Author(s): Michiel Bijlsma, Carin van der Cruijsen, Nicole Jonker and Jelmer Reijerink
Date published: Aug 2021
SUERF Policy Brief, No 150
By Michiel Bijlsma (Tilburg University),
Carin van der Cruijsen, Nicole Jonker and Jelmer Reijerink (DNB)1
Keywords: CBDC, digital euro, consumers, public money, private money, bank accounts, trust, interest rates.
Download: SUERF Policy Brief, No 150 (0.39 MB)
Central banks around the world are examining the possibility of introducing Central Bank Digital Currency (CBDC). The public’s preferences concerning the usage of CBDC are essential determinants of its success. However, research about CBDC has been silent about consumers’ willingness to use CBDC and what triggers usage. Our research among a representative group of Dutch citizens aims to fill this gap.2 It complements the growing list of policy-oriented studies that discuss CBDC design issues such as the governance, cybersecurity and legal aspects. We find that about half of the Dutch population would be willing to open a current account for digital euros at the central bank.
Half of the Dutch population ready for digital euro
While Dutch citizens are very satisfied with the current payment options, the digital euro has potential in the Netherlands. About half of the Dutch population would be interested in opening a current account for digital euros, see Figure 1. Our results suggest that people would transfer substantial amounts to this account. A CBDC current account is therefore not only seen as nice-to-have, but as something Dutch consumers would actively use. The most often chosen amount to transfer to the CBDC current account is EUR 101-500. It is more popular to hold a higher amount of digital euros than it is to hold less. The amounts reported correspond to about 10-25% of the amount people hold in their regular current accounts with commercial banks.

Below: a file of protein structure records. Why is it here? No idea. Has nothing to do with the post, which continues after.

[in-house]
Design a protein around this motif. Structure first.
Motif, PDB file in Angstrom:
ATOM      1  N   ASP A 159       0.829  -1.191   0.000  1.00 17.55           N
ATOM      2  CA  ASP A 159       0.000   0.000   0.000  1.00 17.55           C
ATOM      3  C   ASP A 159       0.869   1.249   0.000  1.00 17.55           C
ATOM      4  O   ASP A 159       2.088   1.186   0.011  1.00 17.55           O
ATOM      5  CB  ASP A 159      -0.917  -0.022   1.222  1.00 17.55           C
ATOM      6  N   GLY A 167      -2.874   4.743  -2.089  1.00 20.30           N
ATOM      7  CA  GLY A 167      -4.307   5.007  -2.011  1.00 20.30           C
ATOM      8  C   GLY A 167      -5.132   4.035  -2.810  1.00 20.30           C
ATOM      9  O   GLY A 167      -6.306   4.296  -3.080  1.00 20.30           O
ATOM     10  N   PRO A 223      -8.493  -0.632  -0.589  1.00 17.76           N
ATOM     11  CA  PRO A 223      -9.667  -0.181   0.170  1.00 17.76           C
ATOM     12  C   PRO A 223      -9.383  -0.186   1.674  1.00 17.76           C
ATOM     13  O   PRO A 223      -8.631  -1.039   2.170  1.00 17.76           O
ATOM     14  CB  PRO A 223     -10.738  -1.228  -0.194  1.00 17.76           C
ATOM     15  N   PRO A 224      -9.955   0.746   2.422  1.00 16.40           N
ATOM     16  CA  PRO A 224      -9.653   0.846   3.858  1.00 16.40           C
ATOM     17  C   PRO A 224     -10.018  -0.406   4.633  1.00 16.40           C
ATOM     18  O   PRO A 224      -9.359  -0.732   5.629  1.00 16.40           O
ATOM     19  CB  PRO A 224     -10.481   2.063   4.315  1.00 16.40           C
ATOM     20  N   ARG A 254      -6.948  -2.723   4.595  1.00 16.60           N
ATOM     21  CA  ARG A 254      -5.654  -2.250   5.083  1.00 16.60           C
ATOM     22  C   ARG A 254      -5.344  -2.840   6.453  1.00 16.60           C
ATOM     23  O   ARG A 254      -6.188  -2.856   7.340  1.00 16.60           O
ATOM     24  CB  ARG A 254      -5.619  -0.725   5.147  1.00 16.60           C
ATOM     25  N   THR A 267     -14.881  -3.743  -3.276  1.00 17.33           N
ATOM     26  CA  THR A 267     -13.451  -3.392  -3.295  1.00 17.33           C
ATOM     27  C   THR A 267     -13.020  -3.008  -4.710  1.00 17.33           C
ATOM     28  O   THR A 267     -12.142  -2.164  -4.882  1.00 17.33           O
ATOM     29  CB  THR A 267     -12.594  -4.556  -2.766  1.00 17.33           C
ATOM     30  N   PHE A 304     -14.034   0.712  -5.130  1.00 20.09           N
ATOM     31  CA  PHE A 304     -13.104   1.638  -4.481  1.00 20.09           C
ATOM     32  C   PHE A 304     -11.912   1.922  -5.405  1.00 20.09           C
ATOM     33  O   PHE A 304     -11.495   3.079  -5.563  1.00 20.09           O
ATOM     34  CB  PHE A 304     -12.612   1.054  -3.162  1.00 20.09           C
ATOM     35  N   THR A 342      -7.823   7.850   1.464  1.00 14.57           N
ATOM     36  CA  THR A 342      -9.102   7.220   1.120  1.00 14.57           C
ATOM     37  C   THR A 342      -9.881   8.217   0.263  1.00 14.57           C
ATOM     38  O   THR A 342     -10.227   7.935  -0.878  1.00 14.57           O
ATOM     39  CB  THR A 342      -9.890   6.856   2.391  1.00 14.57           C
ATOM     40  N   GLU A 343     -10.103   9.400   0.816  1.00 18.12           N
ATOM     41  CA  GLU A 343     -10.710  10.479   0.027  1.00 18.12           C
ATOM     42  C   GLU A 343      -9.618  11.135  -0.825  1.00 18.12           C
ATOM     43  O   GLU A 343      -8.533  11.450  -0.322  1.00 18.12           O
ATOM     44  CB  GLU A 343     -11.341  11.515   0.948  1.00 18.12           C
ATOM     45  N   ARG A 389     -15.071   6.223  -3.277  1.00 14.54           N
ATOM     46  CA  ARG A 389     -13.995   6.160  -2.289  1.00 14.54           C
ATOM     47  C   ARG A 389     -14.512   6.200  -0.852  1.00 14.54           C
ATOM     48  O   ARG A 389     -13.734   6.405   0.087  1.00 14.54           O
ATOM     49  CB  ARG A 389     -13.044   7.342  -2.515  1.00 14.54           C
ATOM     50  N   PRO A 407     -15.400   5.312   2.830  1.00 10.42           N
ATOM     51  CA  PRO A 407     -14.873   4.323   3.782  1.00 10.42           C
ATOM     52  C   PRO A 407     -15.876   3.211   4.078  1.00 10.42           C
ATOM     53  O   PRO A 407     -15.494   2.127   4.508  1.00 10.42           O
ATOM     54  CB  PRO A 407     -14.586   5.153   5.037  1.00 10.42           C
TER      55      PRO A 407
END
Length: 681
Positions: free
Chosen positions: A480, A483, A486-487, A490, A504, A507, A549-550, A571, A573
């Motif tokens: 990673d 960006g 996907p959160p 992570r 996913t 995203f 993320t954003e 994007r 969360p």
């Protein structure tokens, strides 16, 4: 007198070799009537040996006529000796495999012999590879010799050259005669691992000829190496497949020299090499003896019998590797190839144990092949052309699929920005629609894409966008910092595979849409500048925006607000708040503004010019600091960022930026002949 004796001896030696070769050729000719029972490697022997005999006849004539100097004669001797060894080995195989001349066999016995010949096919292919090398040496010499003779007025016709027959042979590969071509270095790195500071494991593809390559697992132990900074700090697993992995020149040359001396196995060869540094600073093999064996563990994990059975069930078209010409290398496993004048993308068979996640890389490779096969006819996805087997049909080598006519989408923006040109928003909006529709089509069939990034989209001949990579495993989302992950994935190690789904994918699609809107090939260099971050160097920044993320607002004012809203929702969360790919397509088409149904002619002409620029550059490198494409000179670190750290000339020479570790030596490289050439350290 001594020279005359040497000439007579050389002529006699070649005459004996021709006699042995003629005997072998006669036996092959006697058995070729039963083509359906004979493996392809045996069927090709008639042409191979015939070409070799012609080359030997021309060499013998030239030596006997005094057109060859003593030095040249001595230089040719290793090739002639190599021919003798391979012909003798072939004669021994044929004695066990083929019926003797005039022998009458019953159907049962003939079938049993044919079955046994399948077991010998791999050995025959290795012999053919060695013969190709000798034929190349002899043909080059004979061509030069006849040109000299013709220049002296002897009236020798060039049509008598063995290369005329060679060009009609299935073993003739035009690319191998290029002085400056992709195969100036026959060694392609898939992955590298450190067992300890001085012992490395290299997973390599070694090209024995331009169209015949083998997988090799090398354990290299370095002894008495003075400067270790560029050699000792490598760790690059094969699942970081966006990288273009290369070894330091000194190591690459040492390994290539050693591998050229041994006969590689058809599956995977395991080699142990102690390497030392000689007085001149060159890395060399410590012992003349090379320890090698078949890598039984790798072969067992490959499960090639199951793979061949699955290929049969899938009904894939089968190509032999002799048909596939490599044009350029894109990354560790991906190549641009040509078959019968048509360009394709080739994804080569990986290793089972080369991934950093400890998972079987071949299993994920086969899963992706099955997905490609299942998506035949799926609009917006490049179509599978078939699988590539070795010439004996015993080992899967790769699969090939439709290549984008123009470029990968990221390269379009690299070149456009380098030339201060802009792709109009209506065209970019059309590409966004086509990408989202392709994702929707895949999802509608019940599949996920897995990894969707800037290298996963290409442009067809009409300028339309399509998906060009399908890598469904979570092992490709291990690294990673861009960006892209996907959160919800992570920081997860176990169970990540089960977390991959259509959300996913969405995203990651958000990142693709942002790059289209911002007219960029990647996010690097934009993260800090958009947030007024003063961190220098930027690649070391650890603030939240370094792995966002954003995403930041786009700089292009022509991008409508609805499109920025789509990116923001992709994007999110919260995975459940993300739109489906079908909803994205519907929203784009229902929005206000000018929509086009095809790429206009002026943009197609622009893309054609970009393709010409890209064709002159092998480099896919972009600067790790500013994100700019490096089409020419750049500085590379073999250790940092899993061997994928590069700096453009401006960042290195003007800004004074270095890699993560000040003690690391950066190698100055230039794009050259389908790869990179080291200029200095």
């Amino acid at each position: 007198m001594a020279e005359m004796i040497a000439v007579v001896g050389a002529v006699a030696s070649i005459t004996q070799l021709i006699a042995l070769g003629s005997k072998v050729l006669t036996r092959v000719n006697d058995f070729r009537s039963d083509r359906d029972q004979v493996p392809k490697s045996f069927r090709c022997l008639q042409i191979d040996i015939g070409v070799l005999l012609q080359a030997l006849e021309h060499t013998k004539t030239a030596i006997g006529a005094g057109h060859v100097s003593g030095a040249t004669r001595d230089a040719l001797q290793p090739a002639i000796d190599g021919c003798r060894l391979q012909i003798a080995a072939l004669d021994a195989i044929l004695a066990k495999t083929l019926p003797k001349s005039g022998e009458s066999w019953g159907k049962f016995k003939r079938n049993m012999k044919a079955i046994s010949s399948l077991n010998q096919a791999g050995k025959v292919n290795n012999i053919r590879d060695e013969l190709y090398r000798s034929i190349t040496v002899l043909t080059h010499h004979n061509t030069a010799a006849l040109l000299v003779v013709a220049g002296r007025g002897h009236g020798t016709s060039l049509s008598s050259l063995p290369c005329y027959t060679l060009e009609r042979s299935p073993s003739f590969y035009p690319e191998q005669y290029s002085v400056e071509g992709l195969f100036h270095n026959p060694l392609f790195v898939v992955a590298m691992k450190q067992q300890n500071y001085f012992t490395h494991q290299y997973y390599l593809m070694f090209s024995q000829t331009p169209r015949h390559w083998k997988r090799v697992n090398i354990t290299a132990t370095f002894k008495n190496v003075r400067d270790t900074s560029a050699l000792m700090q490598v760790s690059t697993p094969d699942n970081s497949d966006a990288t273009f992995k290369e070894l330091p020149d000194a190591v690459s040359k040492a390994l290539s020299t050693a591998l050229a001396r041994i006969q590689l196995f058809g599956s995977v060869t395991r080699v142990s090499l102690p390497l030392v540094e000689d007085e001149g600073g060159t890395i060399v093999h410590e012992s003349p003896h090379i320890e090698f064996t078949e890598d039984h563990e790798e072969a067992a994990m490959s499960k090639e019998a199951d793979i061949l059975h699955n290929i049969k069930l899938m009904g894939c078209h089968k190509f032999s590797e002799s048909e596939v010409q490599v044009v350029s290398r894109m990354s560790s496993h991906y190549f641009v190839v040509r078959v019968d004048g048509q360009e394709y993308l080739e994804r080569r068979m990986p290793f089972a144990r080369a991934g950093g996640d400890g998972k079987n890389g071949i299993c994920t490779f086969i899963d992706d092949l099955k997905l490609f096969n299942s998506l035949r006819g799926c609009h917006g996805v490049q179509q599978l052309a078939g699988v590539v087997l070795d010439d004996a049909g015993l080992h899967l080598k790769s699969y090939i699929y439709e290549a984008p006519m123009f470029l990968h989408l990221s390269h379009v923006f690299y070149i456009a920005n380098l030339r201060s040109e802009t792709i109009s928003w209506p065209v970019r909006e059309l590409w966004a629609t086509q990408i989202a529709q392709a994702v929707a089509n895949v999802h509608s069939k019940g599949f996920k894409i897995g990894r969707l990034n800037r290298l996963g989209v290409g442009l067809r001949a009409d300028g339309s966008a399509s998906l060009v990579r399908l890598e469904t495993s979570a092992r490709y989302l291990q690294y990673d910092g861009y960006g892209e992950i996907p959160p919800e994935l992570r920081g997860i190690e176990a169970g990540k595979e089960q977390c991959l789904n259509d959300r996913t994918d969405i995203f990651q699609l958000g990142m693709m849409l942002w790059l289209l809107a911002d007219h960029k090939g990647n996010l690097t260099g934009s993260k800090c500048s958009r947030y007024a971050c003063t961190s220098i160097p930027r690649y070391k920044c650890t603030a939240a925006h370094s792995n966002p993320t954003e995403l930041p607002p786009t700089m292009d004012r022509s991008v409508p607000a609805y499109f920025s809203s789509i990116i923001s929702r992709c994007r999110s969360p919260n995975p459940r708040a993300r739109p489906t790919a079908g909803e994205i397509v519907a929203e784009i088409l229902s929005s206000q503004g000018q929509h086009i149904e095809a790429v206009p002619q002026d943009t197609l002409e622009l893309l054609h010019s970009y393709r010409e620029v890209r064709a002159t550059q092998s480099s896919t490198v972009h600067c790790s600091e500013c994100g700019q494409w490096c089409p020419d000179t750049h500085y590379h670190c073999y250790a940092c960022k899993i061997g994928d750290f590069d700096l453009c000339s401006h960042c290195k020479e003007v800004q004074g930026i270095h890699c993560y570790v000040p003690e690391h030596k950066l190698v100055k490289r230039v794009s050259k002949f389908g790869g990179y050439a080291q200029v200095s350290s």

Figure 1. Digital euro appeals to half of the Dutch population
The amount willing to deposit on a current account for digital euros
Source: CentERpanel 2021. Note: 2,523 respondents.
A key rationale for the digital euro is its not-for-profit nature
The not-for-profit nature of central banks is the most often mentioned rationale by the respondents to introduce digital euros. The digital euro could be a reliable complement to cash and existing electronic payment instruments, offering people more choice. The improved resilience of the electronic retail payment system that digital euros might bring is the second most frequently mentioned reason. Being safer than cash is also in the top three reasons why it can be useful to introduce the digital euro.
Privacy and security play a key role in the design
When designing the digital euro it is key to take into account the strong public need for privacy and security. Dutch consumers are willing to hold a digital euro account provided the risk of theft and fraud of their assets is minimised and their privacy is well-protected. We asked respondents in which areas digital euros should perform better than commercial bank accounts. The area mentioned most often is that current accounts with digital euros should provide better protection against theft or fraud of money in the accounts. Better privacy protection is also a frequently mentioned area where digital euros should perform better on than current accounts offered by commercial banks. These findings are in line with those of the ECB’s public consultation on the digital euro among citizens and professional parties in the euro area.3
Intended usage is related to many factors